Welcome to European Tribune. It's gone a bit quiet around here these days, but it's still going.
Where to begin? First off, it's not the existence of swing states that's a problem with a more federalist electoral system. What is a problem in the States is that there are fewer and fewer swing states, as polarization of the electorate has been steadily increasing. But you can't blame that on the federalist system. And under any kind of electoral system, there is always a particular segment of the population that is more in play than others - it just so happens that under a federalist election systems, that sought-after segment has a geographic definition. And you're saying that the swing states wield more power in a federalist system - well gee, doesn't that mean in the worst possible case you're replacing one geography-based imbalance - the one I'm complaining about here, which heavily favors the German conservatives, with another? Meaning, in the worst possible case at least you're not doing any worse than you're doing now? What's more, swing states at least gain there special status because their vote is not a foregone conclusion. The German system gives disproportionate power to a few states whose vote is absolutely predictable. I would not consider that a structural advantage - nor would I consider it more democratic. And then, the fact is, if Germany had an electoral college - and please don't get me wrong, I'm not saying it should adopt one, see below - Schroeder would have crushed Merkel tonight. Now do you consider that a bad outcome? Just asking.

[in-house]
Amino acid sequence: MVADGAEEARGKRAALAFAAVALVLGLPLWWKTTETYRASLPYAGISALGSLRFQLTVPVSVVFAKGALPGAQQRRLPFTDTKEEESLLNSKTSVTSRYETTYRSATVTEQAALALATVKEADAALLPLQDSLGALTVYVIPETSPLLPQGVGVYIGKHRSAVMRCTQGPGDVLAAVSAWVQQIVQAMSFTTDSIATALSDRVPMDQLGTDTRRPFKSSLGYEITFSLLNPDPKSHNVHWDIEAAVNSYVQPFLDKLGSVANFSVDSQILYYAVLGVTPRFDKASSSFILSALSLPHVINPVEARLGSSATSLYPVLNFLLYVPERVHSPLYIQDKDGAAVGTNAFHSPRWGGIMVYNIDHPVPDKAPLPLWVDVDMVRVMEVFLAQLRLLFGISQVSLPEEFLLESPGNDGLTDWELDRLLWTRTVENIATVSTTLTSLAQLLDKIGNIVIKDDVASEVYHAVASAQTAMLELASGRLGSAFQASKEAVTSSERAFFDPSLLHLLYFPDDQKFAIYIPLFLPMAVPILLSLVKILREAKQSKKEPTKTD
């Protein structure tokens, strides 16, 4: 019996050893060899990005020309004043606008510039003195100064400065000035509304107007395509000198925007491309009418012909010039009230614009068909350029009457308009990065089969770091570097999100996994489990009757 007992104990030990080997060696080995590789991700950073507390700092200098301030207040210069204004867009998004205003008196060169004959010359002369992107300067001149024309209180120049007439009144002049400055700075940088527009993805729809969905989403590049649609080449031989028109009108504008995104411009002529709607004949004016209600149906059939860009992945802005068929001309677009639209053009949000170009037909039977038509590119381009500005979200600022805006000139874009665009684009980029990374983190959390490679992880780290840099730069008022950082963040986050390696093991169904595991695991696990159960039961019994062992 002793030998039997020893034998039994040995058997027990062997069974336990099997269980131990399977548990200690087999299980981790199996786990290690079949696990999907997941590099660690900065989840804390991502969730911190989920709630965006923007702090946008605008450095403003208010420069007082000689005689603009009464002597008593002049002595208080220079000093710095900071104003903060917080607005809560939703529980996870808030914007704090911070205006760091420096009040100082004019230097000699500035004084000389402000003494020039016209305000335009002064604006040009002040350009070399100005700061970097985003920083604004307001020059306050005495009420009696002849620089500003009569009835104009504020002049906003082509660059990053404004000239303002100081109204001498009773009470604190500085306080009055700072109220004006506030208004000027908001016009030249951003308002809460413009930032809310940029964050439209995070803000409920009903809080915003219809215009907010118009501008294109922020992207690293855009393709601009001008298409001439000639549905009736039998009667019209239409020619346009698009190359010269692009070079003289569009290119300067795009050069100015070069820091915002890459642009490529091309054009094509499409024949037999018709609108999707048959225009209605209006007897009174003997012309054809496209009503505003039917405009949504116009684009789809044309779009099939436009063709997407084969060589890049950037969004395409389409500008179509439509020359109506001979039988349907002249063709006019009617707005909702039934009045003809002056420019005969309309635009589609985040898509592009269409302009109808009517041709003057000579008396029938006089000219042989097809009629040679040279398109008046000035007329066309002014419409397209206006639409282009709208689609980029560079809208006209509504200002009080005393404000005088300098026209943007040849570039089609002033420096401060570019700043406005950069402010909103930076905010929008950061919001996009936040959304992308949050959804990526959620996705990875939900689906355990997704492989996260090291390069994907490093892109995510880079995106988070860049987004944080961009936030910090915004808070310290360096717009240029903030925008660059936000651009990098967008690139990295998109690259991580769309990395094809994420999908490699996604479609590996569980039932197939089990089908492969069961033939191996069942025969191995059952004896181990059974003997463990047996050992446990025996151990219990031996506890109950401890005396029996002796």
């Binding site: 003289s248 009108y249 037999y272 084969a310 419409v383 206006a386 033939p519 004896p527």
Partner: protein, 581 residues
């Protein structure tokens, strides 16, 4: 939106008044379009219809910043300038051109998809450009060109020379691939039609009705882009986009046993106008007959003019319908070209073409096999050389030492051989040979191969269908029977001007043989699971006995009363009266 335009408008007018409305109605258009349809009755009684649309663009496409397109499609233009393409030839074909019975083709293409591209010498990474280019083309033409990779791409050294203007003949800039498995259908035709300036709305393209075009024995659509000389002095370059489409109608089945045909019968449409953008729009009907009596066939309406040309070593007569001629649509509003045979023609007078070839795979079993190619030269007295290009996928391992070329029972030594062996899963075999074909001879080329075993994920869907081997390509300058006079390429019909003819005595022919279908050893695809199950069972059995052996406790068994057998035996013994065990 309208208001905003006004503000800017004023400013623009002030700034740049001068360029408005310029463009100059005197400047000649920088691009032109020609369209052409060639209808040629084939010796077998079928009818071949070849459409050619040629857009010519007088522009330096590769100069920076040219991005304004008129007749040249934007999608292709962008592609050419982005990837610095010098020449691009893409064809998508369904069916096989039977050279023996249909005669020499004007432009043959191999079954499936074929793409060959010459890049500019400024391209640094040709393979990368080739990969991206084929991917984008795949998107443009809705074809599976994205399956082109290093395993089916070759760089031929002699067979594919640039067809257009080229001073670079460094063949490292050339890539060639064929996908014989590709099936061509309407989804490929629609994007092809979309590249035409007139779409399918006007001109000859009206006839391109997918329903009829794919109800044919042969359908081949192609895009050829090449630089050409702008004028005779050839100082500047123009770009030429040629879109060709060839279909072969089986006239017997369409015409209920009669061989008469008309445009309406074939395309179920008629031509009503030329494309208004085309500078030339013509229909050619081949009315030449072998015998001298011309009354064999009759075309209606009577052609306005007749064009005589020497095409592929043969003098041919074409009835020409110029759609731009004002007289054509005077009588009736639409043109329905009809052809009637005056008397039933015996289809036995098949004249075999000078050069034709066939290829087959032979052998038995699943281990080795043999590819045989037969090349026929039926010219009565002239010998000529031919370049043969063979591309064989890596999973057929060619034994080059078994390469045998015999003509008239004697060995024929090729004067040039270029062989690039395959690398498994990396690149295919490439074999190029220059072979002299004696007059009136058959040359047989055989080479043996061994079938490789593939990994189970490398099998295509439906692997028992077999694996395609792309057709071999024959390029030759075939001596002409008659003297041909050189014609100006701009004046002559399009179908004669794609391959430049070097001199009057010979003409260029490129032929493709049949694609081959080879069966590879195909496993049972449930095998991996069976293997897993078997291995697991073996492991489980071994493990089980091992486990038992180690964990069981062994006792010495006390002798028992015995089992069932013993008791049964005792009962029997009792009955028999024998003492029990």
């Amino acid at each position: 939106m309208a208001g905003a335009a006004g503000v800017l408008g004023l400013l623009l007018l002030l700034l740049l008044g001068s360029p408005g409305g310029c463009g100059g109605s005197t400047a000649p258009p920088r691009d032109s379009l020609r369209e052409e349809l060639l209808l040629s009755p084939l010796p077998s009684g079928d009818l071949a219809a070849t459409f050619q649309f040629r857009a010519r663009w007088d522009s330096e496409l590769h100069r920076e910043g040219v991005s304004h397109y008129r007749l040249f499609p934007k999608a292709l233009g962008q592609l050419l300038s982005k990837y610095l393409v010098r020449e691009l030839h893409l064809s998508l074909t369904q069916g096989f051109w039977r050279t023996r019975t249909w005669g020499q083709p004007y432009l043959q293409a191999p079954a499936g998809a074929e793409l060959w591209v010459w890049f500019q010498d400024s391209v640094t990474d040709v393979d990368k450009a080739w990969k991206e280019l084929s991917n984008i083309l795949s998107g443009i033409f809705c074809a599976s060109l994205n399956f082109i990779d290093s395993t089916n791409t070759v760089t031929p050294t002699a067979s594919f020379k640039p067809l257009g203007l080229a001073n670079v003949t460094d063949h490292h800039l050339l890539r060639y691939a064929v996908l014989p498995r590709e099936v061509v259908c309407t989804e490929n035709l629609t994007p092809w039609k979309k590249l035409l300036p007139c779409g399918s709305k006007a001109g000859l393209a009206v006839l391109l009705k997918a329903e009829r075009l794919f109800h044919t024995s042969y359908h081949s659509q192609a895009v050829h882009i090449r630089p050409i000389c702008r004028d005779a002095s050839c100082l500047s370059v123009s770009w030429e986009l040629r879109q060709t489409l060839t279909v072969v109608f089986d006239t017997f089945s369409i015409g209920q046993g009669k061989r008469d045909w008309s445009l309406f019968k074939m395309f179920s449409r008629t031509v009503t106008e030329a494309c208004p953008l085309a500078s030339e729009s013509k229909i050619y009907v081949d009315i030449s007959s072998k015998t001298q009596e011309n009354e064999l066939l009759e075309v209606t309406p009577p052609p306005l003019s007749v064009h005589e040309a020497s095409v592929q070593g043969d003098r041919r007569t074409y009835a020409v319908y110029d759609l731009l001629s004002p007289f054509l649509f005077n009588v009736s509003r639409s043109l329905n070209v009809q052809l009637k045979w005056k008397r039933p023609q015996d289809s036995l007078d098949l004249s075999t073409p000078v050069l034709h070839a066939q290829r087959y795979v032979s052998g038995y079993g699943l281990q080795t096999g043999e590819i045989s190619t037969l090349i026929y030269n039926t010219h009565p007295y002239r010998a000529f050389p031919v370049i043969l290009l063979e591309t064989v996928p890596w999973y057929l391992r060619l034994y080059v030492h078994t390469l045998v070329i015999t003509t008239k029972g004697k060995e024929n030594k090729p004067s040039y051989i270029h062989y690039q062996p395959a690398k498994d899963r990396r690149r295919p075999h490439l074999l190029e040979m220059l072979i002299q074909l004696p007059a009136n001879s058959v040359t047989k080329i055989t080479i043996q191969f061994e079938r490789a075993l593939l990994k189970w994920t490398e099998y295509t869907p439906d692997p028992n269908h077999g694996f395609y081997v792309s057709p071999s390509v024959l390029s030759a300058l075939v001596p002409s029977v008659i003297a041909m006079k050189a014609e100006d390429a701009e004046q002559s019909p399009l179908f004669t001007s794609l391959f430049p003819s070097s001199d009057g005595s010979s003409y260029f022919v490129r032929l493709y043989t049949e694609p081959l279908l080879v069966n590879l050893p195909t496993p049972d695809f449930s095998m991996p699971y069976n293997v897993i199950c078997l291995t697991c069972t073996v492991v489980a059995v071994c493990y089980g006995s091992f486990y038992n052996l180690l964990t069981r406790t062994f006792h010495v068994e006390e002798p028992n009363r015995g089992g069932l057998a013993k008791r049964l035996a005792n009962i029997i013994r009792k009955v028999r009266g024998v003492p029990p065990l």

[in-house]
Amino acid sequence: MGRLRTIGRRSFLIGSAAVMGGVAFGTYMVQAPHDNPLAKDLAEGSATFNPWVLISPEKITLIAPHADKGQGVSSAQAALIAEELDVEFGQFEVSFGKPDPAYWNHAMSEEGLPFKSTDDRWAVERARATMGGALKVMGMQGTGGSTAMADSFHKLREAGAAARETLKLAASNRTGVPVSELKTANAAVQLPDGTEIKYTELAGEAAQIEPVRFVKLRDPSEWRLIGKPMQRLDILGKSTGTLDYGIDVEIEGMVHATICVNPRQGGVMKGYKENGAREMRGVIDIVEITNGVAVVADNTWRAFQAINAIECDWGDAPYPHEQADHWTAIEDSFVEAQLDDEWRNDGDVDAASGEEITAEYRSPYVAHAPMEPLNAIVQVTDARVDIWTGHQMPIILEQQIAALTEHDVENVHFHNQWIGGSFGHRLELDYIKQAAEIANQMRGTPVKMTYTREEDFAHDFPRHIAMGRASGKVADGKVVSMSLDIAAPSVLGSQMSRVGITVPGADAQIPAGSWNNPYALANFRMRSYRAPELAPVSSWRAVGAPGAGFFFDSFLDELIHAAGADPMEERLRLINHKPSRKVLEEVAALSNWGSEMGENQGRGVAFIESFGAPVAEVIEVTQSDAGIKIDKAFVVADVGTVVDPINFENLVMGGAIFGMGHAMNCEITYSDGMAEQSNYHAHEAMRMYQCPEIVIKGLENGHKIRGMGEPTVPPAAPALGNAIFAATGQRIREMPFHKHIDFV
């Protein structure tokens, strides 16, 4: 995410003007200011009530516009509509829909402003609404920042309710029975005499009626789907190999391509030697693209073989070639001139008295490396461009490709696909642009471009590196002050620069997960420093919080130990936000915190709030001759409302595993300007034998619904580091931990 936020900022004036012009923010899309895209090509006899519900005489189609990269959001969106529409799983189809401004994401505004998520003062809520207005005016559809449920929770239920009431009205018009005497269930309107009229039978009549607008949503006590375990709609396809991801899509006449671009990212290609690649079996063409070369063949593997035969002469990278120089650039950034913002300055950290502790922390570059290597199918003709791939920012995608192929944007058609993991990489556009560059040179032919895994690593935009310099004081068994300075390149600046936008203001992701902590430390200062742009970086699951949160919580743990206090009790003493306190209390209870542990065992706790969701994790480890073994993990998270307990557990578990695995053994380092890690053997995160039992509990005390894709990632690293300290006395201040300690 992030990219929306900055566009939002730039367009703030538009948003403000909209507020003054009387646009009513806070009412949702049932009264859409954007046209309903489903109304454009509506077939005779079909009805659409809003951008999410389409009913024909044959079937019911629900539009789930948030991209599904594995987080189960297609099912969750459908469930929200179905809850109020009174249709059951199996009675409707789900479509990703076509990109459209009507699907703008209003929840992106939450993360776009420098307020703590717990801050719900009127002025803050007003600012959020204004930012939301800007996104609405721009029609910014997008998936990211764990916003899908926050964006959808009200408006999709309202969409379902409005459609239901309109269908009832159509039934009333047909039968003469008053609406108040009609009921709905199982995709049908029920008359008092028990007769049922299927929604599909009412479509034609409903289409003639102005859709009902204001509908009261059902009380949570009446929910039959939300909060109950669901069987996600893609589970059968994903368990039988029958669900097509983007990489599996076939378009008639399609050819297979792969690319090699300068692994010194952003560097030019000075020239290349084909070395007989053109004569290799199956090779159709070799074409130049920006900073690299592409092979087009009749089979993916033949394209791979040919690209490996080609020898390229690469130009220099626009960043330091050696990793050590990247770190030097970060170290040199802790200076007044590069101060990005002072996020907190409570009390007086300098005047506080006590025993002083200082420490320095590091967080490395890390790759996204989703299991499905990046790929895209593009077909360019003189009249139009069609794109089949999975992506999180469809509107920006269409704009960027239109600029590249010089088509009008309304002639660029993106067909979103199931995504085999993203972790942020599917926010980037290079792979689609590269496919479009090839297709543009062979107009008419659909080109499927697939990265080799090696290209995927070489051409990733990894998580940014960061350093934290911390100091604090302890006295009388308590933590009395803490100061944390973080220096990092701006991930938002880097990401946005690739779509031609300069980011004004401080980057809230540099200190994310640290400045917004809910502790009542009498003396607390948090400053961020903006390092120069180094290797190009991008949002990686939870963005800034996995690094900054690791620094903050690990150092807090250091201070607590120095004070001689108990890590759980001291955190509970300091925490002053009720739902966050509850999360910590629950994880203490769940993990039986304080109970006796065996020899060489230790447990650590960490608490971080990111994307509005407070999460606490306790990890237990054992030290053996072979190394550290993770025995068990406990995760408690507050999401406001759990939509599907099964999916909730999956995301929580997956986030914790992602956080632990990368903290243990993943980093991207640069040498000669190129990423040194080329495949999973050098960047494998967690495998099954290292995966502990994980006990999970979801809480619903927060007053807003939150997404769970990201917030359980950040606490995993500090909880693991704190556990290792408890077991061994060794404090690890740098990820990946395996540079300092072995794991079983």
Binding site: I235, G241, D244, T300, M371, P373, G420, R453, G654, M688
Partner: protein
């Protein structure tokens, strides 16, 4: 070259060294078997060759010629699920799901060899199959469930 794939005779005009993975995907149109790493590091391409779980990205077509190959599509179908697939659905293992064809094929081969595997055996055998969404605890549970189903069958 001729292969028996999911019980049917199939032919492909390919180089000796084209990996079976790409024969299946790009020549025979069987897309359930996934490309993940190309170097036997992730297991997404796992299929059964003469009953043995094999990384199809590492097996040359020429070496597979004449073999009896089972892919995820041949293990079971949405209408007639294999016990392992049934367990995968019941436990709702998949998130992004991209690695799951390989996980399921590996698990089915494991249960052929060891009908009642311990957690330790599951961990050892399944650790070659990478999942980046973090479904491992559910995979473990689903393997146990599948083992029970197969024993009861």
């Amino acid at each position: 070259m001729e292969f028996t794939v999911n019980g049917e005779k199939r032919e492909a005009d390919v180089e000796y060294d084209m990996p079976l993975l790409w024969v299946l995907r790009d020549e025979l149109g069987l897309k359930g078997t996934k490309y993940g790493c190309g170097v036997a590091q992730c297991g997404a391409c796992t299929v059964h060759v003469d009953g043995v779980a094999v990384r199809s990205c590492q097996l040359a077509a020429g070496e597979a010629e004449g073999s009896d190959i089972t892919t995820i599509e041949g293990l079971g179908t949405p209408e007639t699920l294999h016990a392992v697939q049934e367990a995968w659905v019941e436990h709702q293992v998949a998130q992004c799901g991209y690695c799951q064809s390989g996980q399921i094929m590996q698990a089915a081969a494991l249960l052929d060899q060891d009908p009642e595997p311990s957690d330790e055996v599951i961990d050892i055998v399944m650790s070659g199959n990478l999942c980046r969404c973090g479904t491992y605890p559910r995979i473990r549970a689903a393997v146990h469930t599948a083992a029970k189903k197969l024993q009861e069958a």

But all this is a discussion I didn't really mean to get into. I wasn't making a point about Germany's electoral system - I was just trying to point out that I'm really pretty darn impressed with the SPD's performance in these elections, and I think there's something to be said for the legitimacy of Schroeder's claim of a mandate.

If you can't convince them, confuse them. (Harry S. Truman)

by brainwave on Mon Sep 19th, 2005 at 01:23:55 AM EST
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